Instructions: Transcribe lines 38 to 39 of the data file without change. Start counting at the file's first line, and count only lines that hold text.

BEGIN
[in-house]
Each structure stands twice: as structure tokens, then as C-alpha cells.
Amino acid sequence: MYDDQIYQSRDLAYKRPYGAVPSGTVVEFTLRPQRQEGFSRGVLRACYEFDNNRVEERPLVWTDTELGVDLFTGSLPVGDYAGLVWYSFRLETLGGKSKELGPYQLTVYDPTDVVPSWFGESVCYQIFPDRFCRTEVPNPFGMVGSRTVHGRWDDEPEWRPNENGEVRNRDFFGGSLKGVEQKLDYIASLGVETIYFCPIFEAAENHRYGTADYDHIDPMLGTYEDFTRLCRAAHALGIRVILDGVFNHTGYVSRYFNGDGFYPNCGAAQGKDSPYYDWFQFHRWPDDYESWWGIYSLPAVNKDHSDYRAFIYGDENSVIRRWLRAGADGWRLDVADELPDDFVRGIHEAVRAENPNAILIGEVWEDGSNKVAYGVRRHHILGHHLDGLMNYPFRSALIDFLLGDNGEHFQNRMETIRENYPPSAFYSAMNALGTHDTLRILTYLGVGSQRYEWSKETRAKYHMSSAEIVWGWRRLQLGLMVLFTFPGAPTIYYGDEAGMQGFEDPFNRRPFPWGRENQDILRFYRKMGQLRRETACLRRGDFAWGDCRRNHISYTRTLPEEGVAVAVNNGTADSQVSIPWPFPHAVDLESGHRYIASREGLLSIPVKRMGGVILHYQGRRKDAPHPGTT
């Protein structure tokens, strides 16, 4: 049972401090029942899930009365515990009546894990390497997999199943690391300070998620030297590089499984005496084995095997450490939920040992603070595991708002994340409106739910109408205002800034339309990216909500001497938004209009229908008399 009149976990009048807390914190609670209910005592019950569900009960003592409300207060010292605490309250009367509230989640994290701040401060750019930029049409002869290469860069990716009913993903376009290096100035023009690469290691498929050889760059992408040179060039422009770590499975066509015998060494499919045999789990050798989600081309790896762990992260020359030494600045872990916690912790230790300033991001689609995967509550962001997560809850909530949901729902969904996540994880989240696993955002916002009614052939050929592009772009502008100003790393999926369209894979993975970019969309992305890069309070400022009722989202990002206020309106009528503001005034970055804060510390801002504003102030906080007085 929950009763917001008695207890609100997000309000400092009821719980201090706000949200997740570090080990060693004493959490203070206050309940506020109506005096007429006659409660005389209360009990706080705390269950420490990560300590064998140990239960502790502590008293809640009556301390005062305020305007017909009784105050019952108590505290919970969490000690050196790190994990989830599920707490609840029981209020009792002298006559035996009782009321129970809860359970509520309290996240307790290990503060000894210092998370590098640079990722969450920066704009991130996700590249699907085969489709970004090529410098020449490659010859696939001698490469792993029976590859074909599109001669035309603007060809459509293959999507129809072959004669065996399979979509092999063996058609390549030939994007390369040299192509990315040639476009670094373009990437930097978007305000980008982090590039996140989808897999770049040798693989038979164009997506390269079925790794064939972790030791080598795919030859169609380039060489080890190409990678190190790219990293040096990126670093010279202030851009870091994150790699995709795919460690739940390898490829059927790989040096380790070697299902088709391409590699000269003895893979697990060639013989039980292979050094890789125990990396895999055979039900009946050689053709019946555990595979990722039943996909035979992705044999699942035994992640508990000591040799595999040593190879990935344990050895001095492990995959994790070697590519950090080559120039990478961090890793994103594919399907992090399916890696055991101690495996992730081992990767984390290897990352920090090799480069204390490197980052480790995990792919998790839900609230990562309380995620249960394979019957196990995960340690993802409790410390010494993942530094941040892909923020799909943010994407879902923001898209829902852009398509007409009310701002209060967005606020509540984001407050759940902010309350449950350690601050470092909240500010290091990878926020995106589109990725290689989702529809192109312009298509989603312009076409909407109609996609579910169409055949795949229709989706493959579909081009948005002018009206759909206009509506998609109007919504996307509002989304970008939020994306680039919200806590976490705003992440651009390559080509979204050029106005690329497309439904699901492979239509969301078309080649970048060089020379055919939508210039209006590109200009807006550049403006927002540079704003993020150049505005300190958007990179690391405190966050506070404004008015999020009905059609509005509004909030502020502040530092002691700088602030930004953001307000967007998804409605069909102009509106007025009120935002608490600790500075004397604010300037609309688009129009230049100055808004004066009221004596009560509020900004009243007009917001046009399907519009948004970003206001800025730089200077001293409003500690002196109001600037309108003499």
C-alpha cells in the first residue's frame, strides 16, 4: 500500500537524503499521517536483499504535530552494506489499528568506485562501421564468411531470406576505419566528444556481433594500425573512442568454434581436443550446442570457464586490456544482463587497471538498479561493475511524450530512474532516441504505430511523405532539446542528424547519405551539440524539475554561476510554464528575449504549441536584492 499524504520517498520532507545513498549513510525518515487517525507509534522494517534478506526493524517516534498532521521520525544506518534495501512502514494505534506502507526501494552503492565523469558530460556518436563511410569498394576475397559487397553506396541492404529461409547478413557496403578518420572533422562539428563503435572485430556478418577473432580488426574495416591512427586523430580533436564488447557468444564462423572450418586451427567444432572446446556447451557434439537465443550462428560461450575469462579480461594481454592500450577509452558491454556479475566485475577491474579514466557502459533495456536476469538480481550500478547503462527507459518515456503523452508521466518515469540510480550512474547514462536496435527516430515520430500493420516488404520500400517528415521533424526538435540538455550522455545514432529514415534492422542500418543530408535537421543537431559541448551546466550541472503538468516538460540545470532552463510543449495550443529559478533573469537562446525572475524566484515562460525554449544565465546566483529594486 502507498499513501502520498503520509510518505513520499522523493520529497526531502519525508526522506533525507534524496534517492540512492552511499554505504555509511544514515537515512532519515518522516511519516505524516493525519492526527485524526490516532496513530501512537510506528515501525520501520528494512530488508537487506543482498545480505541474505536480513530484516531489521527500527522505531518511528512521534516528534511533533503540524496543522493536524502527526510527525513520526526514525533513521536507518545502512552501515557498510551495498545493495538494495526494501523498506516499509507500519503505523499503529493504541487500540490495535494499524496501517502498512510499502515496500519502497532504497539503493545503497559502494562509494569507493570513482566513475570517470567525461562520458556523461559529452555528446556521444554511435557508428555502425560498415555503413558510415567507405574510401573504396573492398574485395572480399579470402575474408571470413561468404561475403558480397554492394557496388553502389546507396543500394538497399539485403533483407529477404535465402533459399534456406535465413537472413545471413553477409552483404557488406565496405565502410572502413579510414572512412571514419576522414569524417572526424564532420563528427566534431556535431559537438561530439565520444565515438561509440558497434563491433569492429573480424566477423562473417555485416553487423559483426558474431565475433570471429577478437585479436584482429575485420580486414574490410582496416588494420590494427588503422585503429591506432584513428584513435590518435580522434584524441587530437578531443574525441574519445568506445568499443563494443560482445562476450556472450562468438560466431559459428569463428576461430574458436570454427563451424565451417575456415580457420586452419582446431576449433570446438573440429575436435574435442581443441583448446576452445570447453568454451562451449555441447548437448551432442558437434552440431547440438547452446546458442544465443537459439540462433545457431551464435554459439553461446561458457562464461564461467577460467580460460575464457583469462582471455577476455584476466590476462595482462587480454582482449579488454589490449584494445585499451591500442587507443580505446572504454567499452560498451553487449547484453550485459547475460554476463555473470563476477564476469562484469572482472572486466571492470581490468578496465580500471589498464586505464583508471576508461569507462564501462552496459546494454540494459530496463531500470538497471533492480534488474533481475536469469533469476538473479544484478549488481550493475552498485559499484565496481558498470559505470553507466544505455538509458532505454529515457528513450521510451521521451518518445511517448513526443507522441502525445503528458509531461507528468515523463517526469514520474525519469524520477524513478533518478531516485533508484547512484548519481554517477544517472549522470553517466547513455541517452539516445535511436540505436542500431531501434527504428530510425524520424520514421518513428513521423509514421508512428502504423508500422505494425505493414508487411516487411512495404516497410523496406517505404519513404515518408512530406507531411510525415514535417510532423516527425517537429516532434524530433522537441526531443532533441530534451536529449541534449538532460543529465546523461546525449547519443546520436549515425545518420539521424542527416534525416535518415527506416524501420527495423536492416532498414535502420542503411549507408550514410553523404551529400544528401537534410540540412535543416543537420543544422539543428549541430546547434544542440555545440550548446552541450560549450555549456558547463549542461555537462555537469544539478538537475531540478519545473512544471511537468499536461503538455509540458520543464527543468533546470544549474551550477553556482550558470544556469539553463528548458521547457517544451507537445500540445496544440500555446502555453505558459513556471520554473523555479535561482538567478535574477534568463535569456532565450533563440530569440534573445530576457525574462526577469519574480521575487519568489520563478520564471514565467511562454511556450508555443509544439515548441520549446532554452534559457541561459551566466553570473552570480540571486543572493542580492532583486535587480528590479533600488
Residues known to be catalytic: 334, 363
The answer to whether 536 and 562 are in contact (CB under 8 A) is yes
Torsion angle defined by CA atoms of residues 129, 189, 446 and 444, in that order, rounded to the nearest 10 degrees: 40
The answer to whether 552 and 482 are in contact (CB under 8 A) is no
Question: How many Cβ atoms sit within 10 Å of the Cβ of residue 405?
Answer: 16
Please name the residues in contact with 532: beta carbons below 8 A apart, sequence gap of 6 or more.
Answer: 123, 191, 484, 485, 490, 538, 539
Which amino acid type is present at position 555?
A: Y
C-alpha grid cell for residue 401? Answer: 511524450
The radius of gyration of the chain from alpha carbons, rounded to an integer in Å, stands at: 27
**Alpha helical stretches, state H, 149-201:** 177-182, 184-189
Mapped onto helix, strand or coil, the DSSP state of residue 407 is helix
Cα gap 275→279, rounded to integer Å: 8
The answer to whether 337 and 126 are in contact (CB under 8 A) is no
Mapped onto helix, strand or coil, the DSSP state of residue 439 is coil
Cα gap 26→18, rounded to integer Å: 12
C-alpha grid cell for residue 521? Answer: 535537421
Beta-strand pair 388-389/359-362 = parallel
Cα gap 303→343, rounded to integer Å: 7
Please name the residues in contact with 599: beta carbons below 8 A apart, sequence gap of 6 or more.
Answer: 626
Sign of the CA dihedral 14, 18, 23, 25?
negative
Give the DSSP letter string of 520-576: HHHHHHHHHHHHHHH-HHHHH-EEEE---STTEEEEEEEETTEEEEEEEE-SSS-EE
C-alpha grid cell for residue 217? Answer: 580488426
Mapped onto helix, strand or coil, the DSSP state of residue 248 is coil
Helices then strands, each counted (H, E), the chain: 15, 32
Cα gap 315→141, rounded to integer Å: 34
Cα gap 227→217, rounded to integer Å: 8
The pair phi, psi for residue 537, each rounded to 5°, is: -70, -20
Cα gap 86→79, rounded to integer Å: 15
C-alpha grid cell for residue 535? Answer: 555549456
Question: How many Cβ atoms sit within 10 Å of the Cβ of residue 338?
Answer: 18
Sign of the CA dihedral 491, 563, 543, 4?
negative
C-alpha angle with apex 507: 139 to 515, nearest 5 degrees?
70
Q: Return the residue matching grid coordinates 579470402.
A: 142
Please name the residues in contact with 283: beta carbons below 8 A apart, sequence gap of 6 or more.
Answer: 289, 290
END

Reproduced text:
Cα gap 86→79, rounded to integer Å: 15
C-alpha grid cell for residue 535? Answer: 555549456